The parable the Lord presents in verses 16-20 is surely applicable to a great number of similar cases in our day. A rich man prospered greatly, with practically everything he touched turning to wealth. But rather than asking the Lord what to do with his great possessions, he consulted with himself, and received only a selfish answer. He decided to enlarge his storage facilities so he would have more than sufficient for many years to come. For all those many years he anticipated indulging in every pleasure he desired.

But suddenly, shockingly, his elaborate plans were interrupted the same night. God spoke and called the poor man (no longer rich) a fool, for that night his soul would be required. The unwelcome intrusion of death, for which he was not prepared, would divest him immediately of all his possessions. Whose then would they be? To whom would he be willing to relinquish them? Solemn question for a selfish man! Greed defeats its own ends, for in striving to gain we lose what we strive for. The man had concentrated on treasure for himself, with no conscience toward God, no concern for treasure in heaven. But one who leaves God out of his plans is a fool indeed. The grace of God had no attraction for him, and without this grace he was left destitute for all eternity!



One may not be so greedy as to want to selfishly amass great riches, and yet may be a victim of worry and anxiety. This too is in reality opposition to the grace of God, yet even a believer often succumbs to it, for it is His disciples to whom the Lord spoke in verse 22. Parents must be concerned as to the needs of their family, and sometimes the future seems extremely bleak due to health problems, lack of employment, money shortage, lack of education etc., but the Lord encourages implicit faith rather than anxious worry. He cannot fail, though needs press heavily. The question is simply, Is the grace of God sufficient for the child of God? The Lord can be depended on to supply His saints with every necessity of life. For the life is more than the things that we think necessary to support it, and God is concerned for every aspect of life. Certainly we should work to support ourselves and our families (2 Thes.3:10), but worrying is not working.

Even the ravens, unclean birds, totally unadapted to work to store up for the future, are yet fed by God. They have no worry about providing for the future, but find provision as the need arises. It is God who provides for them. It is a pointed object lesson for us, that we should have likewise no anxiety, but simple, unfeigned faith in Him who cares for us with perfect love.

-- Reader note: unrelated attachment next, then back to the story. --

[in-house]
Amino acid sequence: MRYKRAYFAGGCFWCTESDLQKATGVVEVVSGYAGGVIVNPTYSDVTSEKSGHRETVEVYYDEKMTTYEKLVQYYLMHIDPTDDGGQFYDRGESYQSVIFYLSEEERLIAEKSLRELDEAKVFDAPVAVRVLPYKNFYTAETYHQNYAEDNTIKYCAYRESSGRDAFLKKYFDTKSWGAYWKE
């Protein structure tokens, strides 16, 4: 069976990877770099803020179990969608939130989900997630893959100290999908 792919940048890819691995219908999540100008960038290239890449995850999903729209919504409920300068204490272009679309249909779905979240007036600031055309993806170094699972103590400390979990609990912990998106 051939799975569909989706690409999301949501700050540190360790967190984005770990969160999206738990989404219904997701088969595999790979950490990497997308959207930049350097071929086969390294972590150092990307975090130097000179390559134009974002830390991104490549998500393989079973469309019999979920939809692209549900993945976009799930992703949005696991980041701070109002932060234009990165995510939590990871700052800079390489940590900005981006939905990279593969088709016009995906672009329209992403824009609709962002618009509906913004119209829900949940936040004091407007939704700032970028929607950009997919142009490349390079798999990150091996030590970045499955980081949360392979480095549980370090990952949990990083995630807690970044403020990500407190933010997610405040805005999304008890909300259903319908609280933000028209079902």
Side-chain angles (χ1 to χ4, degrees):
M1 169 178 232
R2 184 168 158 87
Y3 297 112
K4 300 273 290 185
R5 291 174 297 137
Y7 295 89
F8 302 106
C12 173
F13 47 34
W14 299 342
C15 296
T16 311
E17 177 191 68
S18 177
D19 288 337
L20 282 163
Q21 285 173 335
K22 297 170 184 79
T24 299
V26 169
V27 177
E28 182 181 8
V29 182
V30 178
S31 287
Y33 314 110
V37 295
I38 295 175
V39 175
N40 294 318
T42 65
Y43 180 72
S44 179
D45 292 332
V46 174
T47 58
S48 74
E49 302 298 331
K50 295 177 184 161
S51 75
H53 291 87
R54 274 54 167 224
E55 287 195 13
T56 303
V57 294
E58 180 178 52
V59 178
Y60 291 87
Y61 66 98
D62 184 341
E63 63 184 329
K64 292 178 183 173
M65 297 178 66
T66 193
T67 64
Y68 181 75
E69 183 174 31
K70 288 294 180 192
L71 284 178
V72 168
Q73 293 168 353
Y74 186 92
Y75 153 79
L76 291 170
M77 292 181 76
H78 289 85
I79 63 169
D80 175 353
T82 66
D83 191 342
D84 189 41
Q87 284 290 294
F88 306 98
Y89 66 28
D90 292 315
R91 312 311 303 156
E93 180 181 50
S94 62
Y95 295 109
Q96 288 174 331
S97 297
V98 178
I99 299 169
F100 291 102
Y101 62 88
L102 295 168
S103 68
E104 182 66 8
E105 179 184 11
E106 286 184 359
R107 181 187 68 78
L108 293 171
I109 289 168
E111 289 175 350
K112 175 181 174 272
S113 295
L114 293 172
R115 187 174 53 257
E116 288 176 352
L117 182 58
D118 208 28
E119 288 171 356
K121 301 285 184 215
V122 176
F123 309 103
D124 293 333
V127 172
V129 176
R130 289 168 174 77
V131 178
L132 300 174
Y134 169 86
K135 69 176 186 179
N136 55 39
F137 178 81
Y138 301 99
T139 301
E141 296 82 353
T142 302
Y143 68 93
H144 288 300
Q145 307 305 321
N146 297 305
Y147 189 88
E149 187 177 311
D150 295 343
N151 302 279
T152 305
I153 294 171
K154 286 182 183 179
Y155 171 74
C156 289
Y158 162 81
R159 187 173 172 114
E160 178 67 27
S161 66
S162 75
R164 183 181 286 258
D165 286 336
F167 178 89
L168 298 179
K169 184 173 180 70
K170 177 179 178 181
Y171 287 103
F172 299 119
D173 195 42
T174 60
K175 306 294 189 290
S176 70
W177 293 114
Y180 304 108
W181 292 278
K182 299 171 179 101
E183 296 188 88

The Lord asked if we can add a cubit (18 inches) to our physical height by worrying. If our anxious thoughts cannot change even the small matters, what is the sense of anxiety in reference to anything? Worry only distresses us and often others too. It can change nothing. Why not then be calm and at peace in trusting the Lord? He has certainly always proven faithful.

As to clothing, the Lord used the example of the lilies, created without ability to work, yet clothed in beauty such as even Solomon with all his wealth was not able to equal. Since God so lavishly gives such beauty to grass, though it exists so briefly, how much more can He be depended on to clothe those whom He has given His Son to redeem!

As to our necessary food and drink for even the immediate future, there is no reason to be in anxious suspense, though we may not see where the provision may come from. In fact, whether our need is met or not, the anxiety will be of no help, though worry is characteristic of the world. Let us remember constantly that our Father knows we have need of all these things if they are necessities, and therefore calmly trust Him and depend on His grace.

More than this, if we seek first the kingdom of God (v.31), that is, the place of honest subjection to His authority, then He will take care of all the details of our needs. In being subject to His authority, we shall have utmost confidence such as will encourage the self-discipline that delights to obey Him. Certainly if we do delight to obey Him we shall not be lazy and forget our responsibility to work in subjection to Him, but we shall trust Him rather than worry.

How few will there be who respond to this call for implicit faith! He calls them a "little flock," so helpless if left to themselves in a desolate land, and amid enemies. He encourages them, "Do not fear," for His own hand was with them, and the kingdom is in true reality theirs, given them by the Father's good pleasure.

The kingdom was not yet publicly manifested, but its inner reality was such as to enable its subjects to sell their property and give alms, for their time on earth was realized as brief, and the exercise of faith was to look forward to a treasure in the heavens. Therefore the disciples were not to hold on to things here, where all could easily be taken away anyway, whether by robbery or by aging and corruption, and for those Jews all was taken by the Romans 40 years later. The same principle holds today: are we using what the Lord has given us for Him or simply to fulfill our greed for the latest fashion, a fancier home, the latest car, etc.?

The heart will be where our treasure -- what we count as valuable -- is. The treasure in the heavens is certainly Christ, for whom we may wisely "suffer the loss of all things," as Paul expressed it (Phil.3:8). For what sensible person would not be willing to lose what he cannot hold anyway, in order to gain what cannot be lost for eternity?